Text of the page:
order to pursue his goals, time is no longer on his side (Samuelowicz 123).
Adapting to the new American culture becomes another impediment for this new student,
ones he learns the trick about weather and climate changes. Such adaptations to the social
environment begin by making new friends. An individual finds it hard to make new friends if he
or she is not social with others, or find it quite easy to make new friends if he or she is an
outgoing individual. It is important to note that the kind of friends one chooses at the university
and colleges determine their behavior and character throughout their academic journeys. There
are those friends who influence others positively, while the bad friends influence other
negatively. Therefore, new students in a new country should be very careful when choosing their
friends so they may not end up in bad company (Sanchez 112).

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Students also get challenges from the new tasks they get during their lectures. This is
especially due to the differences arising from their home country’s curriculums and that of their
new residence. As such, the schoolwork appears to be a little more technical than expected, and
their shyness to approach new professors for assistance makes it even more difficult for them to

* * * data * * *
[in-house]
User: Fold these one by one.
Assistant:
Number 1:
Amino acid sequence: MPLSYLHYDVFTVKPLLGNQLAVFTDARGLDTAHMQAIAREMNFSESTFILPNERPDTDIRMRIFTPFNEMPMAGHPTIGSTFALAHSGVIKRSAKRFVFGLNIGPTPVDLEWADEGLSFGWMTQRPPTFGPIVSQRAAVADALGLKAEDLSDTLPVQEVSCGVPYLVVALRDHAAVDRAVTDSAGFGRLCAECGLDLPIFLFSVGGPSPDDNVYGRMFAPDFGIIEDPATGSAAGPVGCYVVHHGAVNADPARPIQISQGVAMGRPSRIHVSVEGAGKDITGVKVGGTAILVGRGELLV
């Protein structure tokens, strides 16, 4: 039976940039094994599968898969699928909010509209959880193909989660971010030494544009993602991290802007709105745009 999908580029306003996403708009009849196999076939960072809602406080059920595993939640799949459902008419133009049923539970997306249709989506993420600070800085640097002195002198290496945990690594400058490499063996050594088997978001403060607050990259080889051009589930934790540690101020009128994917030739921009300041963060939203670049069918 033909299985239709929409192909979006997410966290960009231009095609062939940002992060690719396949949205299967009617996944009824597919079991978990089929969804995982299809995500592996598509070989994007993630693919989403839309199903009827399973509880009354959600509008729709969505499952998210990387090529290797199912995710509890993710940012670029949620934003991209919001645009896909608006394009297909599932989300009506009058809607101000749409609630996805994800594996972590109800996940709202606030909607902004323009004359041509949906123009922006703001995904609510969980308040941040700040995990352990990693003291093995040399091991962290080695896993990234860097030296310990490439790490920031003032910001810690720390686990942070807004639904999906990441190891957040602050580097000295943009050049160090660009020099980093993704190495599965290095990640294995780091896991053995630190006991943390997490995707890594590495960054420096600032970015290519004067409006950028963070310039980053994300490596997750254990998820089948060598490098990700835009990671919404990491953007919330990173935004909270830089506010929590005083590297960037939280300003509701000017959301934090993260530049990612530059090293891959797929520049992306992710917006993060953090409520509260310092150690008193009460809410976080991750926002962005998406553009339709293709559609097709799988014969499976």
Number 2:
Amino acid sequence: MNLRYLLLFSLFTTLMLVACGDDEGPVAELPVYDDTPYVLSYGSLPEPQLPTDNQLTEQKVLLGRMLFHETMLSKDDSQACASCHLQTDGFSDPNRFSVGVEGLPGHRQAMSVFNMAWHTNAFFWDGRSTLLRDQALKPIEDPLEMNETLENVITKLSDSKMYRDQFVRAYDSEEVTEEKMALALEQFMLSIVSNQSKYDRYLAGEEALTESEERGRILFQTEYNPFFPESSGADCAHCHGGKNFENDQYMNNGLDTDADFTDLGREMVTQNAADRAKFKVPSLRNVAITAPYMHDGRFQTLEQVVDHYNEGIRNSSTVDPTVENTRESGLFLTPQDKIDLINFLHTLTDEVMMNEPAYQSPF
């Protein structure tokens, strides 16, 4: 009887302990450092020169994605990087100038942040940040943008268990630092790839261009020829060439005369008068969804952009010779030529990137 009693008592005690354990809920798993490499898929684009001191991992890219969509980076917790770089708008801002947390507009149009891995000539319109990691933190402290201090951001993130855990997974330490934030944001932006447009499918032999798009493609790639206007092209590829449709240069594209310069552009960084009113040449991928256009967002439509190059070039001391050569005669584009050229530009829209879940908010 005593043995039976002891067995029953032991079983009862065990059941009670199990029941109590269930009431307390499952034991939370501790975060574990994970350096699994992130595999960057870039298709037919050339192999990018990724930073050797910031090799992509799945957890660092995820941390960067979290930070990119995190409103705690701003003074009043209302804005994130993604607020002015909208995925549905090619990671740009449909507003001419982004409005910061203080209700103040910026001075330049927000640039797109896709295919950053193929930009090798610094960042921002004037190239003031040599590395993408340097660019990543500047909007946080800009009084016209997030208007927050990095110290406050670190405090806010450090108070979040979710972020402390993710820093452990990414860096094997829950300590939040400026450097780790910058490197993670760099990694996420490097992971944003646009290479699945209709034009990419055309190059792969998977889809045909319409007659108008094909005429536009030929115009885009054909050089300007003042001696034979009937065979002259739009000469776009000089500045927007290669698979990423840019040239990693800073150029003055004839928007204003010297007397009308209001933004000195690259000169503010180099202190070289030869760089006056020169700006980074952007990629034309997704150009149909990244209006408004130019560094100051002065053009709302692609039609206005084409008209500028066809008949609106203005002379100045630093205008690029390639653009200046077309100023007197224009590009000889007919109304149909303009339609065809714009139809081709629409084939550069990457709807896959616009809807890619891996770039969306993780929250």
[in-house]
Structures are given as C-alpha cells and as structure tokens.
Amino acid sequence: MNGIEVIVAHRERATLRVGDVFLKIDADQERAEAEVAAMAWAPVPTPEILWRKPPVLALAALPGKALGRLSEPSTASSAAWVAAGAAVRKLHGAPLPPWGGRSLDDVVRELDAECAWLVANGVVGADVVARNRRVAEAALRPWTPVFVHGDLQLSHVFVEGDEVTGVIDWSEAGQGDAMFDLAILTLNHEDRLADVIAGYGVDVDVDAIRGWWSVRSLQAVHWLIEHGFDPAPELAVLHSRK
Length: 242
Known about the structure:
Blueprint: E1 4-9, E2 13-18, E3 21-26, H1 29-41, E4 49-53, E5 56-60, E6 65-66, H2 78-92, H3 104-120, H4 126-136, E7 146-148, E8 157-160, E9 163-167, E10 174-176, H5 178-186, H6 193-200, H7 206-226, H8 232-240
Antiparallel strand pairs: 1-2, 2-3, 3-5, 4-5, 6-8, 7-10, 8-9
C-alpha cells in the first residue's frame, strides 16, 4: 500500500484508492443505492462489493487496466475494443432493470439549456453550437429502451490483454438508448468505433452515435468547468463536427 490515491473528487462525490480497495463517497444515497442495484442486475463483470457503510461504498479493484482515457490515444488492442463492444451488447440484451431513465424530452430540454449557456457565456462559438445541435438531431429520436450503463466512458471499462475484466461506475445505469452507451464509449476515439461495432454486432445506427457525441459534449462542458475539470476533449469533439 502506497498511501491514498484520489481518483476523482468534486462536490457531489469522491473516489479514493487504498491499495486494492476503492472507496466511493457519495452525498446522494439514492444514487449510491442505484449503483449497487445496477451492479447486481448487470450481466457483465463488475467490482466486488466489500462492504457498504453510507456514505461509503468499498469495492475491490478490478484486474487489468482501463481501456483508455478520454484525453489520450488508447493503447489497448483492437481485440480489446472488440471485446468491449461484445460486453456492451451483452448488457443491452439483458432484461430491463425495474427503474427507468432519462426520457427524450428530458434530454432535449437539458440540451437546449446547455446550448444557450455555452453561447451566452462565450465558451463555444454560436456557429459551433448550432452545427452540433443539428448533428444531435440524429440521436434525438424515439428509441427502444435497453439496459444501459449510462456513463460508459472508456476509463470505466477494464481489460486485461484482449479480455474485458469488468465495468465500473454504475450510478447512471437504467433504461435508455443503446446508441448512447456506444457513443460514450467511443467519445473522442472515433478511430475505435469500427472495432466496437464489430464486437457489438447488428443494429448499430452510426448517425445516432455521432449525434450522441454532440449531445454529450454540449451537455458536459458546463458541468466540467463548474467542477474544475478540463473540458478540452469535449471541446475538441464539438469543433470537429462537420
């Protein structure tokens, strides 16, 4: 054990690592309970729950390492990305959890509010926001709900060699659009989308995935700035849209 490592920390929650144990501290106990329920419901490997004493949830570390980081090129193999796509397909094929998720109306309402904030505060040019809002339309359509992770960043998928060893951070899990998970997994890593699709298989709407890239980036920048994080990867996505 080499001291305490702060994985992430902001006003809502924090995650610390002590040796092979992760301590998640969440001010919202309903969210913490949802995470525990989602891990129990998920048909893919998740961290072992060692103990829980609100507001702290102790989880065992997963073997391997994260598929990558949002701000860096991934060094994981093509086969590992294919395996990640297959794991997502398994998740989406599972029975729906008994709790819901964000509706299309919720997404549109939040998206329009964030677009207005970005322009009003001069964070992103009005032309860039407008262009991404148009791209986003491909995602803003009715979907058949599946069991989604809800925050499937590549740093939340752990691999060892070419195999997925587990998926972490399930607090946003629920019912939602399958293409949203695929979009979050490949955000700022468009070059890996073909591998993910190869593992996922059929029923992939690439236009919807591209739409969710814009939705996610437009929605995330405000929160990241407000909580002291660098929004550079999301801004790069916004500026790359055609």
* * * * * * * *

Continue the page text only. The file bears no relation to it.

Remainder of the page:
perform. Furthermore, nostalgia and homesickness disrupt most of their thoughts during class
time hence rob off their concentration. This lack of concentration also arises with their dilemma
of how well they shall fit into their new environment. However, for those who adapt fat enough,
make new friends, and are bold enough to seek assistance from their lecturers, they do greatly on
their studies as they begin to concentrate earlier (Lewin 102).
Each country has its own special types of food. As such, the differences in foods in these
countries always pose another challenge for new students. New students encounter new cuisines
and dishes that they never tasted before, or what is a taboo to eat according to their traditions. As
such, they take some considerable amount of time to adapt to foreign foods, especially for those
who are allergic to certain foods. For instance, students who go to study in China from African
countries find it difficult to eat their food because of the chopsticks. Some even end up piercing
their tongues in an attempt to learn how to eat using these sticks. In addition, the Chinese have
some weird menus according to the African traditions, such as eating dog meat, cat meat, and
snakes. Some cultures forbid consumption of some of these foods in the student’s homelands,
such as the young lad from Uganda discussed earlier (Flack 110).
Cultural differences among countries also pose a challenge to the adaptation of these new
students in their new countries. Etch country has its own unique culture, as the wise men said,
when in Rome do what Romans do, these new students have to adapt to the new cultures of the
countries they go to study. Learning new cultures takes these students a lot of time since